EDEN PRAIRIE, Minn. -- These are the days that shake a franchise.
One moment you're building to a regular season with a well-rounded team poised for a championship run. Then, with a sudden crash, you're wondering if you have your 2017 quarterback on the roster.
That was Tuesday for the Minnesota Vikings, who lost quarterback Teddy Bridgewater to a significant left-knee injury during a routine practice drill about 48 hours before their preseason finale. Bridgewater dislocated his knee, tore his ACL and suffered other structural damage, according to the team, and faces a "significant" recovery period to regain full health.
Veteran Shaun Hill will take over the position, presumably backed up by a player soon to be acquired, as the Vikings reimagine their offense. And after they sort through the emotions of the day -- in a memorable moment, coach Mike Zimmer referenced the deaths of his father and wife as experiences that will help him deal with Bridgewater's injury -- the Vikings will face an abrupt question:
Can they unequivocally count on Bridgewater to be their quarterback when the 2017 season begins?
The answer, cold but true, is no.
The Vikings' otherwise detailed news release on the injury offered no projections for Bridgewater's return. According to ESPN injury analyst Stephania Bell, injuries similar to Bridgewater's often require nine to 12 months of healing. Assuming Bridgewater has no setbacks, that time frame pushes his return right up against the start of the 2017 season.
When you're planning a longer-term roster, however, there is a big difference between hoping for a player's return and counting on it. NFL decision-makers must plan for the worst possible scenario, not the best.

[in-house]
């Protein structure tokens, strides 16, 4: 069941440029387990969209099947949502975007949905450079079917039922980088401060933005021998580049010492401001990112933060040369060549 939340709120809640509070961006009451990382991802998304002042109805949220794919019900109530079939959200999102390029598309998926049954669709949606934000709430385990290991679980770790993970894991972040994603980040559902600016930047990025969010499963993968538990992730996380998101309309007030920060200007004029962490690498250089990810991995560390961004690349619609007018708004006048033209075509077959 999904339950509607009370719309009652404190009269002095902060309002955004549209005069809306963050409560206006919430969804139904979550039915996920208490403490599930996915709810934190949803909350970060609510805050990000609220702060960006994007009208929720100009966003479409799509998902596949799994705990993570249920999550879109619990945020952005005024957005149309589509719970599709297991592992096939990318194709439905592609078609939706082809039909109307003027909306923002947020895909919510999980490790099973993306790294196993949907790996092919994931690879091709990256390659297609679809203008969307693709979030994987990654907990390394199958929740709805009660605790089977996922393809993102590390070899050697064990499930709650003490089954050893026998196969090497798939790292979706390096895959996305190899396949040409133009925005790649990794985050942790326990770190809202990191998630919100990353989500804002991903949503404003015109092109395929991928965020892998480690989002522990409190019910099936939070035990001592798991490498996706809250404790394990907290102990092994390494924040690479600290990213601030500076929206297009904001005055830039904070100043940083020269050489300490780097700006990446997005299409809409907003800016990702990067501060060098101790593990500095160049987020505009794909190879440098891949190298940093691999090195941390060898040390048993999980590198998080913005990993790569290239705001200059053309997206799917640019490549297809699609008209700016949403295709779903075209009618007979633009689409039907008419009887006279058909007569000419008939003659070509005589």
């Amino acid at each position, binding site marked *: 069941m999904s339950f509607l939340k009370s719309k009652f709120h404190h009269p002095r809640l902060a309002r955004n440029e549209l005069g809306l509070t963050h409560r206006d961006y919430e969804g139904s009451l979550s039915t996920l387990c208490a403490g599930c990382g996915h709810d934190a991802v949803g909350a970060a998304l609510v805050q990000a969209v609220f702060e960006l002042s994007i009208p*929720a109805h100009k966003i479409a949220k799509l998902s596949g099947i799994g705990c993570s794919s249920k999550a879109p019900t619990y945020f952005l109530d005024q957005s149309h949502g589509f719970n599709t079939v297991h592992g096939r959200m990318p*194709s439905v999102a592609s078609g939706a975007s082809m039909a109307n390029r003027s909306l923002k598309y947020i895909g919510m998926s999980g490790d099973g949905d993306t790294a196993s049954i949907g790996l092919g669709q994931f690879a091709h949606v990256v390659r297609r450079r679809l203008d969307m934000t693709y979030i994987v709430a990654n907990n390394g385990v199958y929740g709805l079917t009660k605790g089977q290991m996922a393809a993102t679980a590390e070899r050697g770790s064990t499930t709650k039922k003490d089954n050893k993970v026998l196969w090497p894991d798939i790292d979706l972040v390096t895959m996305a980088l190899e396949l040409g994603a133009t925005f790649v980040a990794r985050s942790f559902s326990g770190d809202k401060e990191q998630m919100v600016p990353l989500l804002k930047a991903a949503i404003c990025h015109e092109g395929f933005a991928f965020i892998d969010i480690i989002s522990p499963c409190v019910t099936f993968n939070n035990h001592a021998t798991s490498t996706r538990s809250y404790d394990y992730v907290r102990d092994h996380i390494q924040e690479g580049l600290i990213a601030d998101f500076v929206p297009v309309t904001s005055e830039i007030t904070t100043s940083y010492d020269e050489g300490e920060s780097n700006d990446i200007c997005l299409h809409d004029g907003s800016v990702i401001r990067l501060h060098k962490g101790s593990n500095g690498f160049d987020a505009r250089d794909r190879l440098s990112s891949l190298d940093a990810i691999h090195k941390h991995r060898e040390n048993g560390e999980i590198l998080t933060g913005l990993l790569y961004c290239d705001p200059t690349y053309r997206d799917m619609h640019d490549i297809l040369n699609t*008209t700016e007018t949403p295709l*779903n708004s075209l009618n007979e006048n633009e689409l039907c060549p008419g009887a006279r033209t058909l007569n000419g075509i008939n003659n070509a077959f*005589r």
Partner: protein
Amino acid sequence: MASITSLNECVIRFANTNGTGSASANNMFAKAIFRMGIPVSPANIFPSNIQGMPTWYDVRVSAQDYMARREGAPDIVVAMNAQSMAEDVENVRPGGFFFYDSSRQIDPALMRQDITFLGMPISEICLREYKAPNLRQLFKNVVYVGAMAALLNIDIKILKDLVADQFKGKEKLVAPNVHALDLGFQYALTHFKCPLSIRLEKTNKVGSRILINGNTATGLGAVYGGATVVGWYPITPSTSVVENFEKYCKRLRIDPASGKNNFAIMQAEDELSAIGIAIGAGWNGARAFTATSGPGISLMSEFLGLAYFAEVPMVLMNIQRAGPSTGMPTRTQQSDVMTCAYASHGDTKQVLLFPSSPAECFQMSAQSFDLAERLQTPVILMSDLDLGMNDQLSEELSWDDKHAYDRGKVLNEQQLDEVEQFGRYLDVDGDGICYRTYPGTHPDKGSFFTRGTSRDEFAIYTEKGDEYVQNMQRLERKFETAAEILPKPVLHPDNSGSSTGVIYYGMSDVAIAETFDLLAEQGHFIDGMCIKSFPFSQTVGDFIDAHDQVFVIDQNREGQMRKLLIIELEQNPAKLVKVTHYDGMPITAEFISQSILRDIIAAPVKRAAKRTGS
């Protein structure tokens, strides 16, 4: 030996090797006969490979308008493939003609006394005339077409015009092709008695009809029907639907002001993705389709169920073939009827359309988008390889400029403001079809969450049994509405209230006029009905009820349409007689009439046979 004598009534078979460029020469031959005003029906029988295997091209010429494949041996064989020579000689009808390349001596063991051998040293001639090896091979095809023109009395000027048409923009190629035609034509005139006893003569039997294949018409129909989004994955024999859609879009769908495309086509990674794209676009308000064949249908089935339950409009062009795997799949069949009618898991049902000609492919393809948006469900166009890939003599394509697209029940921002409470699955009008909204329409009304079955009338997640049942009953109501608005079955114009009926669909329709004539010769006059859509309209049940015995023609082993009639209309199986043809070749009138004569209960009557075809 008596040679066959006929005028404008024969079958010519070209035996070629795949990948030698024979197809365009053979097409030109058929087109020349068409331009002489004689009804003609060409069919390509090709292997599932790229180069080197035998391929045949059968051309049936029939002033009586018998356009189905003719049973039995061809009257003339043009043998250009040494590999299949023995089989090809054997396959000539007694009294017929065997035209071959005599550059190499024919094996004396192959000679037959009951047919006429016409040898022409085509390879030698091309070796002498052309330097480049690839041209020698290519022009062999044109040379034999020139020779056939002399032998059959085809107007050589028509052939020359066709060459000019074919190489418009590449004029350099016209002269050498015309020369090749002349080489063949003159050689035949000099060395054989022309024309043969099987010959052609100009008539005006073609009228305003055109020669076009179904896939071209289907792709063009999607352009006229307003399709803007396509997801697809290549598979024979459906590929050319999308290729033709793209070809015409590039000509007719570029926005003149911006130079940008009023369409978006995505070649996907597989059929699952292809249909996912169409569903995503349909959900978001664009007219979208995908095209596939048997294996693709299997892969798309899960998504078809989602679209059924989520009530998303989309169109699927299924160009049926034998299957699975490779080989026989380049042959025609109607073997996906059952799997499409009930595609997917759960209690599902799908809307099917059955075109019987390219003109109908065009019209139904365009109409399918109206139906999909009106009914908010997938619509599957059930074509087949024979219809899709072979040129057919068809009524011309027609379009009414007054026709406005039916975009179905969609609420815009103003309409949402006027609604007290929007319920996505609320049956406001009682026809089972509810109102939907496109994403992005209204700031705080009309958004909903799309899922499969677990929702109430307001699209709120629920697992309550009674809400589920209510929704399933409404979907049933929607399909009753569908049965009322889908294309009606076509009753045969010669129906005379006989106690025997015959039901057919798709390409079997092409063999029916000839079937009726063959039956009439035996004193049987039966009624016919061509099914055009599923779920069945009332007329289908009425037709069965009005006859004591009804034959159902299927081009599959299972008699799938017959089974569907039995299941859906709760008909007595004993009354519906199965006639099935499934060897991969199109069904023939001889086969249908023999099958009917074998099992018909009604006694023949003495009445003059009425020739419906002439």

Vikings general manager Rick Spielman would only be doing his job if he adds a starter-quality quarterback next spring. It won't reflect a lack of faith in Bridgewater. Simply, it would be a pragmatic realization that the time to find such a player is March and April -- not in August 2017 after realizing that Bridgewater needs more time. It's better to be over-prepared than caught by surprise at a time when options would be far more limited.
Could that player be Hill? In theory, sure. Much will depend on how he performs this season, but Hill will turn 37 in January. Will the Vikings acquire someone in the next few weeks who could open the 2017 season as a starter and then step back into a role as Bridgewater's backup? Perhaps.
More likely, however, Spielman will have to consider an offseason trade or free-agent acquisition, or perhaps even use a draft pick to ensure appropriate staffing of the most important position on a team that is pretty stacked at almost every other spot.
If you're a Vikings fan, this might not be what you want to hear on the day Bridgewater is confirmed to have suffered a serious but not career-ending injury. Perhaps you're clinging to the part of the team's announcement that predicts a full recovery without considering why it didn't say when.
Tuesday was a traumatic day for everyone, beginning with Bridgewater and rippling throughout the Vikings organization. As Zimmer spoke at a news conference, Spielman sat pensively on a set of nearby stairs, his chin in his hands.
As the emotion subsides, the Vikings will realize they can be supportive and realistic at the same time. No one would have guessed it when the day began, but the Vikings will be quarterback shopping this offseason. They have no choice.